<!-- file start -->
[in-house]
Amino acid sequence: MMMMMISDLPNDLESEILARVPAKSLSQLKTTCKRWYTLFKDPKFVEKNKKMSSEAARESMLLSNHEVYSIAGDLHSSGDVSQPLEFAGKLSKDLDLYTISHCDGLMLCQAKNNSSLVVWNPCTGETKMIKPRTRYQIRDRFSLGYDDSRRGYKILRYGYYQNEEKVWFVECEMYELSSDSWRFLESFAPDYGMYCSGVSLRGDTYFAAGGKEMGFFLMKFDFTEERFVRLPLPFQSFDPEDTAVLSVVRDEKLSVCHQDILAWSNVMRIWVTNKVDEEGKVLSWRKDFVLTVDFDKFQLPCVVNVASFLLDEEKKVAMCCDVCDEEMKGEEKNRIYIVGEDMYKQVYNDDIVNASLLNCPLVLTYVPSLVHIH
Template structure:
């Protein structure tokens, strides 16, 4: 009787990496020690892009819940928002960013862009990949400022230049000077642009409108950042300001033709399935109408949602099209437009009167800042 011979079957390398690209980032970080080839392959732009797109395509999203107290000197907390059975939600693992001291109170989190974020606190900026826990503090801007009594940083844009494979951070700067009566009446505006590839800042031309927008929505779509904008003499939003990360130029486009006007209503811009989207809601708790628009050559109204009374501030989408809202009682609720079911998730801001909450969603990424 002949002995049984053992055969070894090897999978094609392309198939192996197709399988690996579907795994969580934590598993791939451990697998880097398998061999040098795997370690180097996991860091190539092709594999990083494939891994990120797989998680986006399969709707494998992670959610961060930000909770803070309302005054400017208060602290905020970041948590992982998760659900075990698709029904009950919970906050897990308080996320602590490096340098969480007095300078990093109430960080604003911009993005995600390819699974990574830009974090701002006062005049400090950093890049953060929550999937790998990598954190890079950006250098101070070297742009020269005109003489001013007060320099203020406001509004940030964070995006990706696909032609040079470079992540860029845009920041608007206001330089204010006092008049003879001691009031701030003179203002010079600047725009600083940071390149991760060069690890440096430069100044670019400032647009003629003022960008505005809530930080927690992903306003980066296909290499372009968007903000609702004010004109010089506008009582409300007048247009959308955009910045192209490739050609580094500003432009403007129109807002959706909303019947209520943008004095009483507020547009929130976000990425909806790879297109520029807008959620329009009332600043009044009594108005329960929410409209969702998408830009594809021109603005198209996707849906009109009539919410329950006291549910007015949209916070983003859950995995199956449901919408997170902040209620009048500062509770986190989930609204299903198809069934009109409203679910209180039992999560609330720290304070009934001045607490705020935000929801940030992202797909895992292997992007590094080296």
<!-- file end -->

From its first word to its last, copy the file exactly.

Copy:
[in-house]
Amino acid sequence: MMMMMISDLPNDLESEILARVPAKSLSQLKTTCKRWYTLFKDPKFVEKNKKMSSEAARESMLLSNHEVYSIAGDLHSSGDVSQPLEFAGKLSKDLDLYTISHCDGLMLCQAKNNSSLVVWNPCTGETKMIKPRTRYQIRDRFSLGYDDSRRGYKILRYGYYQNEEKVWFVECEMYELSSDSWRFLESFAPDYGMYCSGVSLRGDTYFAAGGKEMGFFLMKFDFTEERFVRLPLPFQSFDPEDTAVLSVVRDEKLSVCHQDILAWSNVMRIWVTNKVDEEGKVLSWRKDFVLTVDFDKFQLPCVVNVASFLLDEEKKVAMCCDVCDEEMKGEEKNRIYIVGEDMYKQVYNDDIVNASLLNCPLVLTYVPSLVHIH
Template structure:
């Protein structure tokens, strides 16, 4: 009787990496020690892009819940928002960013862009990949400022230049000077642009409108950042300001033709399935109408949602099209437009009167800042 011979079957390398690209980032970080080839392959732009797109395509999203107290000197907390059975939600693992001291109170989190974020606190900026826990503090801007009594940083844009494979951070700067009566009446505006590839800042031309927008929505779509904008003499939003990360130029486009006007209503811009989207809601708790628009050559109204009374501030989408809202009682609720079911998730801001909450969603990424 002949002995049984053992055969070894090897999978094609392309198939192996197709399988690996579907795994969580934590598993791939451990697998880097398998061999040098795997370690180097996991860091190539092709594999990083494939891994990120797989998680986006399969709707494998992670959610961060930000909770803070309302005054400017208060602290905020970041948590992982998760659900075990698709029904009950919970906050897990308080996320602590490096340098969480007095300078990093109430960080604003911009993005995600390819699974990574830009974090701002006062005049400090950093890049953060929550999937790998990598954190890079950006250098101070070297742009020269005109003489001013007060320099203020406001509004940030964070995006990706696909032609040079470079992540860029845009920041608007206001330089204010006092008049003879001691009031701030003179203002010079600047725009600083940071390149991760060069690890440096430069100044670019400032647009003629003022960008505005809530930080927690992903306003980066296909290499372009968007903000609702004010004109010089506008009582409300007048247009959308955009910045192209490739050609580094500003432009403007129109807002959706909303019947209520943008004095009483507020547009929130976000990425909806790879297109520029807008959620329009009332600043009044009594108005329960929410409209969702998408830009594809021109603005198209996707849906009109009539919410329950006291549910007015949209916070983003859950995995199956449901919408997170902040209620009048500062509770986190989930609204299903198809069934009109409203679910209180039992999560609330720290304070009934001045607490705020935000929801940030992202797909895992292997992007590094080296």